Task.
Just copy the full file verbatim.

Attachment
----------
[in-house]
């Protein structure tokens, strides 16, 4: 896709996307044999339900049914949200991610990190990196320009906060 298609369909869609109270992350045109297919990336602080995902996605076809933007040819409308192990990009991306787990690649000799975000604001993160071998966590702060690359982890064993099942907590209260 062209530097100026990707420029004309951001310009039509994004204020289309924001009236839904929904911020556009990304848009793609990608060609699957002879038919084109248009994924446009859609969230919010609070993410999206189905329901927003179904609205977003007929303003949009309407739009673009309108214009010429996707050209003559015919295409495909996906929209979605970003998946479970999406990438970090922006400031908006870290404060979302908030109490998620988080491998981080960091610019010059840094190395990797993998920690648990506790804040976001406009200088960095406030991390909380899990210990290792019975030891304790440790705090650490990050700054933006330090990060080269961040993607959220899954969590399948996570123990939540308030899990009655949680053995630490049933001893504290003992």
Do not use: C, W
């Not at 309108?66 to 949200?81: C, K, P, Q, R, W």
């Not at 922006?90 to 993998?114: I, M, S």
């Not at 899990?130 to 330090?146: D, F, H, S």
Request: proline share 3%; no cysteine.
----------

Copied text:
[in-house]
């Protein structure tokens, strides 16, 4: 896709996307044999339900049914949200991610990190990196320009906060 298609369909869609109270992350045109297919990336602080995902996605076809933007040819409308192990990009991306787990690649000799975000604001993160071998966590702060690359982890064993099942907590209260 062209530097100026990707420029004309951001310009039509994004204020289309924001009236839904929904911020556009990304848009793609990608060609699957002879038919084109248009994924446009859609969230919010609070993410999206189905329901927003179904609205977003007929303003949009309407739009673009309108214009010429996707050209003559015919295409495909996906929209979605970003998946479970999406990438970090922006400031908006870290404060979302908030109490998620988080491998981080960091610019010059840094190395990797993998920690648990506790804040976001406009200088960095406030991390909380899990210990290792019975030891304790440790705090650490990050700054933006330090990060080269961040993607959220899954969590399948996570123990939540308030899990009655949680053995630490049933001893504290003992």
Do not use: C, W
């Not at 309108?66 to 949200?81: C, K, P, Q, R, W």
């Not at 922006?90 to 993998?114: I, M, S």
């Not at 899990?130 to 330090?146: D, F, H, S």
Request: proline share 3%; no cysteine.